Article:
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Dan C. Martin, MD
UT Medical Group, Inc.

University of Tennessee Health Science Center (UTHSC)

UTHSC Academic Office

Daniel Clyde Martin, M.D.
UT Medical Group, Inc.
Infertility and Gynecology
Reproductive Surgery
Germantown Office Building
7945 Wolf River Boulevard
Suite 320
Germantown, Tennessee
TN 38138-1733

(901) 347-8331
(901) 347-8188 fax
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Updated information is at
UTMG 2006

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Glenn Ann Martin, Ph.D.
Clinical Psychologist

Deep Endometriosis

Adapted from "Recognition of Endometriosis" in
Laparoscopic Appearance of Endometriosis, Lecture Supplement
Martin DC (ed), Resurge Press, Memphis, (c)1991

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Deep endometriosis (adenomyoma) was noted by Cullen, (Cullen, 1896; Cullen, 1919) von Lockyer, (Lockyer, 1913) and Sampson. (Sampson, 1921) This lesion is a combination of fibromuscular scar plus the glands and stroma of endometriosis. (Clement, 1990; Cullen, 1919; Novak & Woodruff, 1974; Stripling, Martin, Chatman, Vander Zwaag, & Poston, 1988; Wharton, 1970) The distribution of the depth of infiltration of peritoneal lesions in referral populations was:

bullet61% and 70% of lesions penetrating greater than 2 mm,
bullet43% and 53% penetrating greater than 3 mm, and
bullet25% and 29% penetrating greater than 5 mm. (Cornillie, Oosterlynck, Lauweryns, & Koninckx, 1990; Martin, Hubert, & Levy, 1989)

The pathogenesis of deep endometriosis has long been a source of debate. (Martin, Koninckx, Batt, & Smith, 1997) Russell (Russell, 1899) and Gruenwald (Gruenwald, 1942) felt that these were related to previous Mullerian remnants. On the other hand, Sampson originally felt that endometriosis came from the ovary (Sampson, 1921) but later concluded that endometriosis was related to retrograde menstruation. (Jacobson, 1922; Sampson, 1922; Sampson, 1927) The different expressions of biochemistry and histology have led Donnez and Nisolle to conclude that peritoneal lesions are related to retrograde menstruation whereas retroperitoneal lesions are from Mullerian remnants. (Donnez, Nisolle, Smoes, Gillet, Beguin, & Casanas-Roux, 1996; Nisolle & Donnez, 1997) But the distribution supports implantation, growth, and infiltration of peritoneum. Furthermore, the finding that most if not all deep paravaginal lesions extend from or to the peritoneum (Martin, 1988) argues for infiltration or implantation into pockets with subsequent growth. Since the Mullerian system is the original source of both endometrium and Mullerian remnant, the biochemical and histologic expression may be related to peritoneal fluid microenvironment, (Koninckx & Martin, 1994) vascularization, (Batt & Smith, 1989; Batt, Smith, Buck, Naples, & Severino, 1989) local immunology, tissue resistance, loose connective tissue characteristics, genetics, or other factors. (Martin, et al., 1997)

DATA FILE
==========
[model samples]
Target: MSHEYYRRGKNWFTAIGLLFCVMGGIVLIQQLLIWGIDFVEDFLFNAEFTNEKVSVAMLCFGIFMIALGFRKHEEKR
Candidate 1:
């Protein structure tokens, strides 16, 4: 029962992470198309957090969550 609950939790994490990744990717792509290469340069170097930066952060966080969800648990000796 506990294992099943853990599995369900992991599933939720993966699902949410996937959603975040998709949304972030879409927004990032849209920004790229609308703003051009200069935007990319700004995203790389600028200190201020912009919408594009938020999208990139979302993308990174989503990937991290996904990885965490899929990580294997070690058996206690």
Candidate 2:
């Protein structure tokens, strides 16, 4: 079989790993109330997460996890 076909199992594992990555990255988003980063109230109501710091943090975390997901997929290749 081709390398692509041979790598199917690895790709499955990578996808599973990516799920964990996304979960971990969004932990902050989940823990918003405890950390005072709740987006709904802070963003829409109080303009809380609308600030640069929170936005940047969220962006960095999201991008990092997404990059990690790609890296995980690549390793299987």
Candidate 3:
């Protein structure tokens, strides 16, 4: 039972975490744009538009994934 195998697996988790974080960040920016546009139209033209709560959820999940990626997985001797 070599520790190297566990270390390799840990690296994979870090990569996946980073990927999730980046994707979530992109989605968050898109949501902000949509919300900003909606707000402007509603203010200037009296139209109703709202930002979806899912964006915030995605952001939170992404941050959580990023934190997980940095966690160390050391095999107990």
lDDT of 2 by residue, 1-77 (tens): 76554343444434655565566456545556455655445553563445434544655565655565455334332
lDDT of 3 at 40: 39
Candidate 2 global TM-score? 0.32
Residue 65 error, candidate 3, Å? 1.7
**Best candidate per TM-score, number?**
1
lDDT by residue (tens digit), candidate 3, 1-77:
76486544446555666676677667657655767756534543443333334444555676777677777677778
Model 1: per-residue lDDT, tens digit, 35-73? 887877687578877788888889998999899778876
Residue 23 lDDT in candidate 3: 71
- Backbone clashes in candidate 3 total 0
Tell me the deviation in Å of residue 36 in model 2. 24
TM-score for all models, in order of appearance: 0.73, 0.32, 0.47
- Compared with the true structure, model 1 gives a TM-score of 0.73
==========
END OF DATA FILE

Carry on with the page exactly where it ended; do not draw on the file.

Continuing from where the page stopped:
Koninckx and Martin have described three types of clinical presentations of deep implants. (Koninckx & Martin, 1992) Type I lesions are infiltrating lesions starting at the surface and have a conical distribution. Type II lesions involve peritoneal retraction and adhesions. Type II lesions may be precursors to type III deep lesions, but these are not Allen-Masters syndrome. (Batt, 1995) Type III lesions are deep spherical lesions. These may be the result of ballooning as infiltration is into deep loose connective tissue, expansion of type II lesions, or metaplasia/growth from Mullerian remnants. (Koninckx & Martin, 1992) A combination of these origins may be needed to account for all findings. (Martin, et al., 1997)